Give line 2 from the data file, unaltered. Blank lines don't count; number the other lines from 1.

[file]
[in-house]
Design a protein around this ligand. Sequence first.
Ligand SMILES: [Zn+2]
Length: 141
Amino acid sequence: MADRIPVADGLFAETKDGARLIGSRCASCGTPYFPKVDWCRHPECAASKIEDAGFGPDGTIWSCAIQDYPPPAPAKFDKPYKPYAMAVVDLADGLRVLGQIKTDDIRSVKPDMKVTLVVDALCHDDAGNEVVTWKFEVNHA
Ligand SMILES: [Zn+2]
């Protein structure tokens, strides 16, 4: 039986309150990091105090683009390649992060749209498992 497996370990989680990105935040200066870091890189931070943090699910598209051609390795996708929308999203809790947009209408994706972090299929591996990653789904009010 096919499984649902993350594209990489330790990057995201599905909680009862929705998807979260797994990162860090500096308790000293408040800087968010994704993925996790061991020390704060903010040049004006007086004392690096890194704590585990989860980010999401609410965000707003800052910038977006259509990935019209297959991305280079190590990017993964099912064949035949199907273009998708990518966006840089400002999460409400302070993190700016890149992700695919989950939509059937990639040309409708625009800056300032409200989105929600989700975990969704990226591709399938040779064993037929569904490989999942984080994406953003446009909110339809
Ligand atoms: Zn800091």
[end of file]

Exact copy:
Design a protein around this ligand. Sequence first.